Iran in Latin America: Threat or Axis of Annoyance?

Senior Fellow Douglas Farah's analysis of the debate over the level of threat posed by Iran's expanding diplomatic, trade and military presence in Latin America, and its stated ambition to continue to broaden these more

Chinese Naval Modernization: Altering the Balance of Power

Richard Fisher details China's naval modernization program and the potential impacts on U.S. interests in the Western more

After Iraq Part 2

emailEmail this article
printPrint this article

by Arthur Waldron, Ph.D
Published on December 6th, 2006

The “After” in “After Iraq” seems to have drawn considerably closer in the three weeks since this column last addressed the issue. As American support for the war dwindles and even the administration seeks exits, the states in the region and beyond are taking America’s measure and positioning themselves for the post-American phase.

A “Saudi security analyst and government adviser” Nawaf Obaid is quoted in the press saying that “If the US left Iraq ‘one of the first consequences will be massive Saudi intervention to stop Iranian backed Shia militias from butchering Iraqi Sunnis’” [See Financial Times 30 November 2006 p. 6].

As we predicted in our first column, then, at least some Saudis are unwilling to tolerate a rise by the Shi’ia to dominance and may use military force to prevent it. Whether the Saudis could actually succeed, however, is another question.

Saudi Arabia is of course immense—886,000 square miles, bigger by more than another France than Iran—but sparsely populated Iran’s population of about 66 million is roughly three times the estimated total of native Saudis (22 million—five million more residents are foreigners).

One may doubt, however, whether even if the Saudis threw their entire army (perhaps 200,000) into Iraq they would enjoy greater success than have the Americans. Or perhaps more to the point, any more success than the superbly trained and equipped Israeli Defense Force did against Hezbollah in Lebanon, where they were fought to a standstill.

Saudi intervention would almost certainly set in train a whole series of reactions. Iran would be displeased and could close the Strait of Hormuz, (21 miles wide at its narrowest) thus effectively ending oil exports from the Gulf.

Imagine the ensuing crisis: Saudi Arabia threatening to collapse and take Western (and Asian) industry with them, American allies clamoring impotently, while Washington explodes into a fireball of name calling, disagreement, and vitriol.

It is not clear that the United States could open the Strait or ensure oil transport.  Doing so would of course involve achieving sea control in the area—which would be costly. Iran possesses surface ships, submarines, aircraft, mines, and anti-ship missiles that could do serious damage to any American task force. One tactic now being discussed among analysts is the possible conversion of “obsolete” manned jet aircraft into kamikaze type unmanned anti-ship weapons.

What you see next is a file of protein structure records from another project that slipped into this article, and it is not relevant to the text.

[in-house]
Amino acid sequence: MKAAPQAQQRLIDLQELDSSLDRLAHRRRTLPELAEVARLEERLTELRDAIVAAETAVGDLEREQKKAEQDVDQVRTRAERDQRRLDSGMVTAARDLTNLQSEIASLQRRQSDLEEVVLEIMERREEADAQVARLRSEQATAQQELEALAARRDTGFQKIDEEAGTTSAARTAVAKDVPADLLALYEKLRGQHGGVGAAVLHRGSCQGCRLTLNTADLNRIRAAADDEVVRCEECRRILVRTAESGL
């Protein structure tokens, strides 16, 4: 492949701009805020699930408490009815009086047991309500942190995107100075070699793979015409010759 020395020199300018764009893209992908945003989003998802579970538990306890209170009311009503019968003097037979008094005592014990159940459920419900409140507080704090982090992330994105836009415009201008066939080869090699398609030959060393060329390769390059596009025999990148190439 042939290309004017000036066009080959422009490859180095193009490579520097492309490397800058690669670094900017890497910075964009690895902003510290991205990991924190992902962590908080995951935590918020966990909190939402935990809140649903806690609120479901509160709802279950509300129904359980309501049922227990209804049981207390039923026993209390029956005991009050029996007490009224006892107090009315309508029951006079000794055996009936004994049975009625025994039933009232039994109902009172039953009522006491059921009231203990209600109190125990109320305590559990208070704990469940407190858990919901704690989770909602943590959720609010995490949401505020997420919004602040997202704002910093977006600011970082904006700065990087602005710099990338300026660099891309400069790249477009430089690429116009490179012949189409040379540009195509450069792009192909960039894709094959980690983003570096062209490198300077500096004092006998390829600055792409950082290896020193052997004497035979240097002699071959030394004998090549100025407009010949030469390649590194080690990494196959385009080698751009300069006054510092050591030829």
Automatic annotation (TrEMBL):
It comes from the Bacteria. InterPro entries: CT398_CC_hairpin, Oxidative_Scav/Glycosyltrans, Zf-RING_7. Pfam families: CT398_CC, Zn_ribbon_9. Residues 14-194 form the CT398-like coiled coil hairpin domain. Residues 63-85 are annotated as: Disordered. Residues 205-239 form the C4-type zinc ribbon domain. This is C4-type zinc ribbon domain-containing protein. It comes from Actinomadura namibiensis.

Air strikes against Iran are often discussed, but would be useless.

How likely is the United States to use force under such conditions, however, at the same time that she is retreating from Iraq?

Furthermore, sea control would not ensure the flow of oil if the main oil loading facilities in the Gulf had been attacked and disabled, which would be well within the capability of Iranian or other forces. (Most Saudi oilfields and loading facilities are on the Gulf side).

Terrorism would most likely spread into Saudi Arabia proper and someone would close down oil exports.

In such a situation other countries would face a very difficult set of choices: to meet Iranian or Al Qaeda conditions, to attempt to control Iran (which would lead to war far larger and more dangerous than what we have seen so far) or come to terms with her and others at odds with the West, or to find some means of surviving without the oil.

As for Saudi Arabia, it is crisscrossed by internal tensions. War would exacerbate these and might well provide the opportunity for Al-Qaeda to attack the House of Saud, which has always been its primary target.

Preventing escalation and spread of war under such conditions would be difficult indeed. Saudi Arabia has some difficult neighbors to the West and South, Yemen among them. Iran borders (and long controlled) Afghanistan. By supplying to the Afghan insurgents the same sorts of technologies that enabled Hezbollah to stop the IDF, Teheran could doom the shaky NATO effort somehow to stabilize Afghanistan.

From Afghanistan, problems can propagate to Pakistan and (former Soviet) Central Asia.